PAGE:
The Algona Upper Des Moines from Algona, Iowa on April 5, 1966 · Page 23
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The Algona Upper Des Moines from Algona, Iowa · Page 23

Algona, Iowa
Issue Date:
Tuesday, April 5, 1966
Page 23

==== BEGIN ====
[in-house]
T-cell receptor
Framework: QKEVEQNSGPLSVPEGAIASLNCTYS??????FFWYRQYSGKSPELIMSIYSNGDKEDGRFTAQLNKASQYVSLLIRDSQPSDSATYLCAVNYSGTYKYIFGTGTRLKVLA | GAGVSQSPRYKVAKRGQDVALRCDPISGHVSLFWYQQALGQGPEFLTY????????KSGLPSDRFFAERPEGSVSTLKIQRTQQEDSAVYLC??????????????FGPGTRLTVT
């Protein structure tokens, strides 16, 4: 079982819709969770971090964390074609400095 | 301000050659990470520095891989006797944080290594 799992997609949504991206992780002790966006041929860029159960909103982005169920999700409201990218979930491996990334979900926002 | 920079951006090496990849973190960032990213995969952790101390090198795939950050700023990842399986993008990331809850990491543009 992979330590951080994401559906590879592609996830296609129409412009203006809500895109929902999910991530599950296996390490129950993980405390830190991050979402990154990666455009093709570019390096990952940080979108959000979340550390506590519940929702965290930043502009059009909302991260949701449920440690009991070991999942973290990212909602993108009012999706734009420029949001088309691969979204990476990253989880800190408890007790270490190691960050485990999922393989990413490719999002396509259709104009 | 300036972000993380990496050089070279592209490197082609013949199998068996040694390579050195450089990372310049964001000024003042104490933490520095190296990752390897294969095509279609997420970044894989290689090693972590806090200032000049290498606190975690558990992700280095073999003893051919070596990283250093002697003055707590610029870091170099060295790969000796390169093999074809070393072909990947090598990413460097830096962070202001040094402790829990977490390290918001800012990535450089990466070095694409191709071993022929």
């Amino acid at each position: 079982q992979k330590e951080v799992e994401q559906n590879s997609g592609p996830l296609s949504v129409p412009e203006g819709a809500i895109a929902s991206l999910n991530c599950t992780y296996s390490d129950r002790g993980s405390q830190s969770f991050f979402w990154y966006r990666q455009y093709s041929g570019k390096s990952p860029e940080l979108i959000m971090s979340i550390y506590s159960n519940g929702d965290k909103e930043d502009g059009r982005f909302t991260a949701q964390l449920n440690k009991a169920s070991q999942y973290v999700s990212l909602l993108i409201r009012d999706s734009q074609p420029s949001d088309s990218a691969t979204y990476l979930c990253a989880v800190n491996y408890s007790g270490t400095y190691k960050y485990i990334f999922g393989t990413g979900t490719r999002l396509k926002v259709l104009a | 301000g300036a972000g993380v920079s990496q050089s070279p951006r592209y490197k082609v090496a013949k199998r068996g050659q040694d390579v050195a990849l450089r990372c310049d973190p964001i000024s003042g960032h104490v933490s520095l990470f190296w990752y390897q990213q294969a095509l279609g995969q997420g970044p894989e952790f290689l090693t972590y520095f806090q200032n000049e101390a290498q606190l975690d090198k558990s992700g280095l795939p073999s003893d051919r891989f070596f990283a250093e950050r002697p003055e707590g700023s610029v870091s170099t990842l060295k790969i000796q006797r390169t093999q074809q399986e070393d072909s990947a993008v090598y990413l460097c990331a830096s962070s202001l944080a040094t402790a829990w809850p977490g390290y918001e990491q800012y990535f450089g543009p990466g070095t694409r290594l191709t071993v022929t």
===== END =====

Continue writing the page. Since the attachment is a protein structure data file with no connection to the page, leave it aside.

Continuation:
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pests their A blanket application of a modem insecticide can assure you of all the yield you have coming matter what insects try making pests of themselves. Aldrex works two ways to control all soil insects and protect your corn yield i Aldrex prevents this: ... stops cutworms, wireworms and other pests that destroy seed and seedlings. 2 Aldrex prevents this: ... controls resistant com rootworms that cause root loss, goosenecking, and lodging. Aldrex® Insecticide gives you full-scale soil insect control—far more than just root- worm control. Leaves no loopholes because it protects corn throughout the period when soil insects attack. T HOUSANDS of Midwest farmers profited by changing to Aldrex last season, Results on nearly 2-million acres have proved it the most important advance in soil insect control in years. Farmers got the protection they needed—for seed, seedlings and young corn. Yield reports show that Aldrex can easily increase yield by as many as 20 extra bushels per acre. Controls all major soil insects First, Aldrex guards seed against wireworms, seed corn maggots, white grubs and other insects that prevent germination and cut down plant population. Aldrex also insures you against a sudden cutworm attack that can thin out your stand or result in a disaster that means lost time and costly replanting. 12 Aldrex granules also control all 3 species of resistant rootworms—western, northern and southern. Aldrex is fully labeled for use on com land by the U.S.D.A. For maximum control apply Aldrex granules in an 8-inch band ahead of the press wheel. Drag a chain behind the planter to complete the operation. Aldrex is available where you normally buy soil insecticide. Look for the .distinctive registration symbol (below) that identifies Aldrex in the bags of leading formulators of agricultural 'chemicals. Shell Chemical Company, Agricultural Chemicals Division, E O. Box 7744, Progress Station, St. Louis, Missouri 63103. Before using any pesticide, always read and carefully follow label instructions. Jlr^MkM^BMH Bi' ^Si^^Wfck INSECTICIDE IF THE photo above makes you squirm, it's accomplished its purpose. Chances are the farmer who grew this insect-infested corn stalk squirmed at harvest-time, too, when he found how much pests like these lowered his profits. You no longer have to stand back and accept insect losses such as this ... this year or any other. Modern insecticides can put pests in their place, and are doing just that on more farms every year. Most of today's top farmers are finding insect chemicals indispensable. "I wouldn't; even want to consider trying to farm without insecticides," says Len Selke, Webster County, Iowa. "I figure using chemicals on my crops makes just as much sense as taking out insurance. It's sort of 'preventive maintenance', like vaccinating hogs." Harold Gardner, Cameron, Illinois, feels much the same way. "I worry just as much about my planter running out of insecticide as I do about it running out of seed," he says. "I'd estimated that Aldrin alone boosted my yields 30 bushels an acre last year... everybody else in the area was having bug trouble." These results thoroughly convinced Gardner of the value of insecticides. "With what I learned last fall, if I were given a choice between Aldrin and fertilizer on some of my land, I think I'd pick Aldrin." Surprisingly, Gardner didn't know he had an insect problem before he applied insecticides. "I was doing everything else I knew how to boost yields, but I never really broke loose until I used an insecticide last year. Apparently bugs I never saw were holding me back." Experiences like Gardner's aren't uncommon. Since soil insects chew, prune" and tunnel underground where they're not seen, many corn growers are tempted to put off soil insecticide applications. If you pass up soil insect control and get up on the right side of the bed every day, you may gamble away only a few bushels per acre. But if you're unlucky, you might lose most or all of your crop. "By the time you're aware of soil insect damage, it's usually too late to do anything," says Iowa State University Entomologist Harold Gunderson, "The consistent prevention of yield losses from soil • insects is-the-long-term payoff fronruse of" soil insecticides. "Judging from our field comparisons over 10 years, you can expect fields treated with soil insecticides to produce an average of 7 to 10 more bushels of com per acre than untreated fields. This yield bonus is usually worth 3 or 4 times more than the cost of soil insecticide treatments." Where else in agriculture can you get that kind of return on your investment?

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